While diesel emissions pose a serious health risk for all, some groups of people are especially susceptible to the dangers: People with respiratory and cardiovascular problems: Asthmatics are especially affected because the tiny particles disrupt their already constricted breathing. Persons with preexisting emphysema and heart disease are also more susceptible to the effects of diesel pollution. The elderly are particularly affected as their immune systems are compromised or weakened.

Workers in high exposure areas: Including bridge, tunnel and loading dock workers, auto mechanics, toll booth collectors, truck and forklift drivers, and people who work in areas where these vehicles are used, stored and maintained. Studies have suggested that these workers are more likely to develop chronic respiratory symptoms, bronchitis and reduced lung capacity.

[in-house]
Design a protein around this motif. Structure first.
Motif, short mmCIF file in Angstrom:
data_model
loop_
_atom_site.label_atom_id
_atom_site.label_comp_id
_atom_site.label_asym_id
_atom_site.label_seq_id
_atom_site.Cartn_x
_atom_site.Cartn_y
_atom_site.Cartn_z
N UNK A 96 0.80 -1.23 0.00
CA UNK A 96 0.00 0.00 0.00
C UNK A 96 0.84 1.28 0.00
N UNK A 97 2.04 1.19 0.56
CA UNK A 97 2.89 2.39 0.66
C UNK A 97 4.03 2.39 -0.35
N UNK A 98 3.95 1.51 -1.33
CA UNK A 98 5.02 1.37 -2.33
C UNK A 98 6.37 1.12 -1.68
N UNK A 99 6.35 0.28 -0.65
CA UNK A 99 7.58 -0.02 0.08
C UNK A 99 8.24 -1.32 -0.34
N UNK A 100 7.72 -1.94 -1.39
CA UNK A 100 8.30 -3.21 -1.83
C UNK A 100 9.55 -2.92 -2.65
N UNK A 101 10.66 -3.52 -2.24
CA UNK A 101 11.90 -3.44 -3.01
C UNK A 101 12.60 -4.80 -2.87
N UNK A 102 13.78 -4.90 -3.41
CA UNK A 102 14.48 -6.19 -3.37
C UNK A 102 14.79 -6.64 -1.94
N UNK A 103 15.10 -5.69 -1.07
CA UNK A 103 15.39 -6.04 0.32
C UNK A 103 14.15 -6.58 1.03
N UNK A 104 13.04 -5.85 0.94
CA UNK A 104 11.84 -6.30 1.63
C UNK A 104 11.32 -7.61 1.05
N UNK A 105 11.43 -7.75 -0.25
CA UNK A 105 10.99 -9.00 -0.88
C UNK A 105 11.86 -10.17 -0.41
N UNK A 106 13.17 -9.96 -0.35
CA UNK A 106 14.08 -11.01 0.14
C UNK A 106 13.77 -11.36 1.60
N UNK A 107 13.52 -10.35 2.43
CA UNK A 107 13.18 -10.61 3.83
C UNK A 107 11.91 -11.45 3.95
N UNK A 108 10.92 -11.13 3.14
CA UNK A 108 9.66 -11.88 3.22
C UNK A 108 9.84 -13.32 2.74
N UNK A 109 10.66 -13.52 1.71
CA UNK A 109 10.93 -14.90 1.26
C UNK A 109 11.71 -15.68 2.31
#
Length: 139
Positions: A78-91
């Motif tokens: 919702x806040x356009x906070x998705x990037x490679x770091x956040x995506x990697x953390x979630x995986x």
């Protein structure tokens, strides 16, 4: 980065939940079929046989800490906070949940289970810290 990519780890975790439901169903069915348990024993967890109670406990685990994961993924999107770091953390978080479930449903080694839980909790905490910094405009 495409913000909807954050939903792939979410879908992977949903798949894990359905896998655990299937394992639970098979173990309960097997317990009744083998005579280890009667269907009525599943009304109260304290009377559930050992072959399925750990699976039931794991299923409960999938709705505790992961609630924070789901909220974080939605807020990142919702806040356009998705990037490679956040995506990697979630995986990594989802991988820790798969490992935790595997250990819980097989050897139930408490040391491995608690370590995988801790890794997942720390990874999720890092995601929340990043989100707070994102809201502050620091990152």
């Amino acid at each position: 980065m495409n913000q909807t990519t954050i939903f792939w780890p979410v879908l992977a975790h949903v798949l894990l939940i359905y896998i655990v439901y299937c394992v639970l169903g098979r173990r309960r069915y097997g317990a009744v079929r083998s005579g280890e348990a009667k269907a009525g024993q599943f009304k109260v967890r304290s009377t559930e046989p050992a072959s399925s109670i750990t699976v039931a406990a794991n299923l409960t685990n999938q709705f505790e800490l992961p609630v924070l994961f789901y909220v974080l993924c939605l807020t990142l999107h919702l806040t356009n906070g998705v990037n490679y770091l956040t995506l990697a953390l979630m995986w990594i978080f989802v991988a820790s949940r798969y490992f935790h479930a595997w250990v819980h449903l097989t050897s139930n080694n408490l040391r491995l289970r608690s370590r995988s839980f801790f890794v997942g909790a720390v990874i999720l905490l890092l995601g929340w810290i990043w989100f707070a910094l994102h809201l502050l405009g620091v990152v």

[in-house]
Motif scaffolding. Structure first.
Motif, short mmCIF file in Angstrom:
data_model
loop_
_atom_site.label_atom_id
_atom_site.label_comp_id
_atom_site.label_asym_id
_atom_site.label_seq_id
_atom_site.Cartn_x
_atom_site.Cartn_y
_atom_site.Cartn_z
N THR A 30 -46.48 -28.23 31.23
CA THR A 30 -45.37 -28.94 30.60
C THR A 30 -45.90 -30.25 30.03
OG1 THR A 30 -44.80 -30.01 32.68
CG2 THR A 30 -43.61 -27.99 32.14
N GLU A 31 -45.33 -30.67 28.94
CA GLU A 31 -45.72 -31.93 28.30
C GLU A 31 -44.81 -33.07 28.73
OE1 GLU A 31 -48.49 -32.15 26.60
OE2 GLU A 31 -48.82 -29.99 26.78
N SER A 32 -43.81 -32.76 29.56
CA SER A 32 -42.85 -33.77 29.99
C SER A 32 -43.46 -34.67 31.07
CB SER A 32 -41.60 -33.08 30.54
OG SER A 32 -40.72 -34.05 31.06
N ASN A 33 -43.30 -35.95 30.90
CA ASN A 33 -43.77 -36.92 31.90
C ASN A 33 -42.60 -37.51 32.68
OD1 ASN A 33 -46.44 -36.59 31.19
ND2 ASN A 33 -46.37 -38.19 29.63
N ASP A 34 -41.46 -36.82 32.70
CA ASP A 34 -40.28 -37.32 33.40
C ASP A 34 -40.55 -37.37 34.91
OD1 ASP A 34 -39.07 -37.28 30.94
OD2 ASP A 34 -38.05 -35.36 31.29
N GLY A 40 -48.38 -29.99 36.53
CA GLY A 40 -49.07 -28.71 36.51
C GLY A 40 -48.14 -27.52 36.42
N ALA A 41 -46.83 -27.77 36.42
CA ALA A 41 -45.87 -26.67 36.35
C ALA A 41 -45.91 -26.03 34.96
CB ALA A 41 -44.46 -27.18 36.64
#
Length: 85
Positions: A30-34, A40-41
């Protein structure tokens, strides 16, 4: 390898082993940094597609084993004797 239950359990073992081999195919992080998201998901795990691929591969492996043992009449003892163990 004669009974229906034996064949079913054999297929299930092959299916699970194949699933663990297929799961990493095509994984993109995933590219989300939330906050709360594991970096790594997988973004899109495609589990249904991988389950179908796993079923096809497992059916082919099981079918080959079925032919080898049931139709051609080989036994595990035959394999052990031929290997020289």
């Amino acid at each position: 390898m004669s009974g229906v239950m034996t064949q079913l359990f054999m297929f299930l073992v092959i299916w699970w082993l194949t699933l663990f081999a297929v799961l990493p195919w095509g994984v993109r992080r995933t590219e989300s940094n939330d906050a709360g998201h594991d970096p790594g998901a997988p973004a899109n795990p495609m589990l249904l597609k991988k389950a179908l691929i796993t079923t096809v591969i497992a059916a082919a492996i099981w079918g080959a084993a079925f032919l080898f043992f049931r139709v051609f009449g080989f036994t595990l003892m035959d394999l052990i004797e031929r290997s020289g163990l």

Children: High danger of exposure from constant school bus use. Also, the respiratory system of children work at four times the rate of an adult, making them particularly susceptible.

According to the American Federation State County Municipal Employees (AFSCME), exposure to diesel exhaust contributes to the following health conditions: The incidence and severity of asthma attacks, chronic bronchitis, emphysema, coughing, wheezing and phlegm formation Irritation of the eyes, nose and mouth. Long-term effects: According to the National Institute for Occupational Safety and Health, exposure to elevated diesel pollution increases the risk of developing lung cancer.

Previous analyses (like EPA's Cumulative Exposure Project) have focused only on hazardous air pollutants listed under the federal Clean Air Act and did not include diesel emissions. Now that estimates of diesel particulate concentrations are available from NATA, it is clear that the cancer risks from diesel emissions are about ten times higher than the cancer risks from all other hazardous air pollutants combined.